It’s a double eviction night, so there’s no time for mourning. And Alex makes an impressive show in the Head of Household challenge, gracefully dominating a memory competition even as she’s clearly still recovering from the shocking loss of her ride-or-die. At the nomination ceremony, she puts up Kevin and Raven. Tears seem to start flowing out of everyone now; the speed of the night’s shocks are beginning to take their toll.

The Veto competition requires some ball-pit diving and a high-precision tube dropping. (I tried to find another way to write that sentence, and I simply could not.) Alex actually makes an early leap ahead in the game. Paul purposefully throws the match, I think. If you look closely, you can see him overplanning every drop, doing his best to look busy while making sure he never comes close to the lead. In the end — another shock! — Josh emerges as the Veto Comp’s comeback boy.

This means the crying man has to deliver his own speech. “This whole season, I’ve been a misfit, looking for my group,” he says, sounding a little bit like someone auditioning to play the Emma Stone role in La La Land. He says something about “being alone in this game right now,” which on one hand is a wonderful lie — he thinks he’s in a power trio Christmas-Paul alliance! — and on the other hand feels like an accurate expression of poor Josh’s mindset. Here he is, the loneliest boy in Big Brother, forced to take down one friend after another.

“I choose not to use the power of veto,” he says. And so it’s time for the three-way vote, and remarkably it’s another split. Paul and Christmas vote to evict Raven; Josh votes to evict Kevin. I can’t quite tell if this is something that was planned ahead of time — Christmas and Paul whisper to each other in the voting corridor, but it’s hard to tell if Josh was aware of what was said.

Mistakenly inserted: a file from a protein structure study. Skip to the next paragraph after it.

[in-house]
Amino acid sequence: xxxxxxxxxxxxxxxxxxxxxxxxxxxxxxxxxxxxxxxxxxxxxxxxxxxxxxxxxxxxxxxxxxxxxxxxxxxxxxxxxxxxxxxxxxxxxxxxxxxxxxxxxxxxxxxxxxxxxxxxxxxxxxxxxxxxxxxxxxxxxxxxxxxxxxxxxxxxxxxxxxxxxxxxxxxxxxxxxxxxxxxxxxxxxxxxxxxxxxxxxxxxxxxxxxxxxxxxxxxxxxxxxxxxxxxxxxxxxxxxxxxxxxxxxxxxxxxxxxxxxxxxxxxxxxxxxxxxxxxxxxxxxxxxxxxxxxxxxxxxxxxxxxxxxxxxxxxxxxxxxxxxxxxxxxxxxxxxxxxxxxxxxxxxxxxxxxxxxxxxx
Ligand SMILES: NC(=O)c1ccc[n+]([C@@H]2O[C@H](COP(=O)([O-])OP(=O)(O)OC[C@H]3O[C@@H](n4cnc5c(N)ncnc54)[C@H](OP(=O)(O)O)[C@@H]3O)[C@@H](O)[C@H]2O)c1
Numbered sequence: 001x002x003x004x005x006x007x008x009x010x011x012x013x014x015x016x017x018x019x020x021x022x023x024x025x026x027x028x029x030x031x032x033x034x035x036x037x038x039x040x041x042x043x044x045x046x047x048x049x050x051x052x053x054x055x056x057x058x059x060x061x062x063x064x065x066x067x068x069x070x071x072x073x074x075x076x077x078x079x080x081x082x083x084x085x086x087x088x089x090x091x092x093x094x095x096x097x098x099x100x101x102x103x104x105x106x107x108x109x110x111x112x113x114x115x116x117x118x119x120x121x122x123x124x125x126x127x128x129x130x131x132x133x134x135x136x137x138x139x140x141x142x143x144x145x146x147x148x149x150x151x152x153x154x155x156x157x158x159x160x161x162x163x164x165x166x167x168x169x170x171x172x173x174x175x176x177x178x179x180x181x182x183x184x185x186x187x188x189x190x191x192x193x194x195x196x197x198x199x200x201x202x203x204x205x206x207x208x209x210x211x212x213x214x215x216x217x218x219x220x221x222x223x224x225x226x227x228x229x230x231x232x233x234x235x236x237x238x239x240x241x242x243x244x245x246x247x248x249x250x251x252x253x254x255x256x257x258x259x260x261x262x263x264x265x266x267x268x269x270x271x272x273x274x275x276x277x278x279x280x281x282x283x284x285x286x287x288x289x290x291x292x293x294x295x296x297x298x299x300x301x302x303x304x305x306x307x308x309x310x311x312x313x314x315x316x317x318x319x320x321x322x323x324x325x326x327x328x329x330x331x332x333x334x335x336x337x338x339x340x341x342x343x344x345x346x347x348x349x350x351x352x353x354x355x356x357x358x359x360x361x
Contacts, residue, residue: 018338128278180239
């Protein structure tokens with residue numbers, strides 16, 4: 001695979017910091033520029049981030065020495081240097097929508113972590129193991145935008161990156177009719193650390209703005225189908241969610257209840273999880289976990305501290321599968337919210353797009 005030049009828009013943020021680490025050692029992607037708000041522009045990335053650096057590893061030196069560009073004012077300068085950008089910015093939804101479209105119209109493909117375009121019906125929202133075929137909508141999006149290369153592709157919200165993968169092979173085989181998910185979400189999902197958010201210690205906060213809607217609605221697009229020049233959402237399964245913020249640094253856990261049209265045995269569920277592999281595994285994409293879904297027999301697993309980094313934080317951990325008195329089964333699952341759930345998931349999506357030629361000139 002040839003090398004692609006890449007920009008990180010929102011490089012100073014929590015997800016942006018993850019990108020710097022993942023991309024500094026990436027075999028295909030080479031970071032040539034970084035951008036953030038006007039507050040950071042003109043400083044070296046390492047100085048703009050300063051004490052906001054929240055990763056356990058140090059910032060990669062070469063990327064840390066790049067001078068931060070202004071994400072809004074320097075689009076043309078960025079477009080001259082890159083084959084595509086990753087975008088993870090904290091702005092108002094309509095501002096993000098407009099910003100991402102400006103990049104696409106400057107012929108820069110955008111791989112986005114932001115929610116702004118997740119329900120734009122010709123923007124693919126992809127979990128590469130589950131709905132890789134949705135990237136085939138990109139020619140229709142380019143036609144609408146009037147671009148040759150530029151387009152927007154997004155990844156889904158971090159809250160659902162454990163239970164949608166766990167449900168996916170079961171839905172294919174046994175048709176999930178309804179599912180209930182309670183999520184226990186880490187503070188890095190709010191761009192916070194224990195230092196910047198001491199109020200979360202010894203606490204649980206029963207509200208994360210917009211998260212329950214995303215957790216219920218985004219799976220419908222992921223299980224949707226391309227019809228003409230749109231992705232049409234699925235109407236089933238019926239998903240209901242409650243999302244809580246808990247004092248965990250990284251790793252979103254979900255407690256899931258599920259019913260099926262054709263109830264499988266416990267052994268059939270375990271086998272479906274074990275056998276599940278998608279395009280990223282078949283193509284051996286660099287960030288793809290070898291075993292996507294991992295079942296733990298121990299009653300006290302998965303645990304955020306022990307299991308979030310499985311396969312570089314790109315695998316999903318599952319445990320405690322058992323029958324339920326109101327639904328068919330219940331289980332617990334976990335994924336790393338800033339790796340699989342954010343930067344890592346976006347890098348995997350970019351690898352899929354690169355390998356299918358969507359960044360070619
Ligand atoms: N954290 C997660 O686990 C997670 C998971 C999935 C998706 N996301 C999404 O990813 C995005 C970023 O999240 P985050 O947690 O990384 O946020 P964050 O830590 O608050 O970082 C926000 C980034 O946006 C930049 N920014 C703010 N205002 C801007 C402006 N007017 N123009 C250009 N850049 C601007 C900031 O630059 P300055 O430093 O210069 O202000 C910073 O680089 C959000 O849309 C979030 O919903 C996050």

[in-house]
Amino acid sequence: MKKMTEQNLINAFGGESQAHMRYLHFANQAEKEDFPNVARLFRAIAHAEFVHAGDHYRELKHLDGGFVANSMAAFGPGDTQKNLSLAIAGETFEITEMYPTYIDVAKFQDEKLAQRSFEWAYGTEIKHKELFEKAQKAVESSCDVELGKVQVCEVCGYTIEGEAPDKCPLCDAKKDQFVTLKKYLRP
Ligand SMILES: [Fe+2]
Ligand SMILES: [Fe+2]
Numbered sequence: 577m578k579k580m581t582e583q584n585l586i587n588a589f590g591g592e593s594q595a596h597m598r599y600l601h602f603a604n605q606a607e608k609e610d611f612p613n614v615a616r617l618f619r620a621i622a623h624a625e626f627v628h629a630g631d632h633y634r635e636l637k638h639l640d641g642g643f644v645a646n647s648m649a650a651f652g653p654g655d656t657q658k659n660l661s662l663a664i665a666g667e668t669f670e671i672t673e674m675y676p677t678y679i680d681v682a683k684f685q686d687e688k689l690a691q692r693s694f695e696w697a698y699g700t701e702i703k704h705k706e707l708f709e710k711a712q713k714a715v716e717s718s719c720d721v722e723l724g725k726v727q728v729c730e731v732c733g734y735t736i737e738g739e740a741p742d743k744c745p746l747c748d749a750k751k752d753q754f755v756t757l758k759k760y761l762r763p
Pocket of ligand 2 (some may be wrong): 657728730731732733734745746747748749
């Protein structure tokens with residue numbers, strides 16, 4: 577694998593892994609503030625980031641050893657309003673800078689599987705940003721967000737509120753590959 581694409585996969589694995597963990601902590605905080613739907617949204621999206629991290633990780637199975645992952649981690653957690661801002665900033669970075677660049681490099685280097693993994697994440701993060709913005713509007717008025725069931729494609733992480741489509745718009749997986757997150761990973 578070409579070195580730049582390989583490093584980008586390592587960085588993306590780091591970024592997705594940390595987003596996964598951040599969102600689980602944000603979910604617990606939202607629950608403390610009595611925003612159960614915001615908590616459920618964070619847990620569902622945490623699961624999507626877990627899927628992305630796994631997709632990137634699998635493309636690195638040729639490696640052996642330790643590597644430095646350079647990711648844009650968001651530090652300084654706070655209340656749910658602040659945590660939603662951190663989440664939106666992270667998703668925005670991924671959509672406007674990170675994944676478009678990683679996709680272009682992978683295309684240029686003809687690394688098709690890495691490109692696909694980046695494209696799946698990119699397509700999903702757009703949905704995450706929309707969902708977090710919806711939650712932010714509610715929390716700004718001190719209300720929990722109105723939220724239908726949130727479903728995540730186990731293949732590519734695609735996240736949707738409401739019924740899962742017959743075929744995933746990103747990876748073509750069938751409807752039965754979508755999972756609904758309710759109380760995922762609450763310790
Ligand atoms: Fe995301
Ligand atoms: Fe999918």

Certainly, Josh seems rather stunned by the results. “I’m so sorry, Raven!” he says, tears seeming to pour out of his ears and nose. “I’m so sorry!”

“No you’re not!” yells Raven backwards, walking out the door and doing a cartwheel for the audience. The cartwheels continue when she sits in Julie’s chair and claims to have played a brilliant social game all summer, carefully snoozing and Matt-mancing her way to victory.

Meanwhile, inside the Big Brother house, there is silence. Josh sits underneath the green apples, crying. Alex sits at the table, trusting only the gallon of Coca-Cola. Kevin saran-wraps himself for good luck. Christmas awaits the next competition. And then there is a single sound within the haunted mansion, for Paul is perambulating, genially muttering, “Final five of Big Brother, guys, great accomplishment!”

Julie announces that this winter will see the first-ever celebrity edition of the U.S. Big Brother. The mind races. Former castmates from The Hills? Fallen sports legends seeking redemption? Aging bassists? The host of Candy CrushZINGBOT??? Hopefully they’re all watching this season. They can take some notes from Paul. But what will the Jury think when Jason arrives with his tale of woe? They say you shouldn’t hate the player, you should hate the game. But this is Paul’s game, and we’re just living through it.

You May Like

Comments

EDIT POST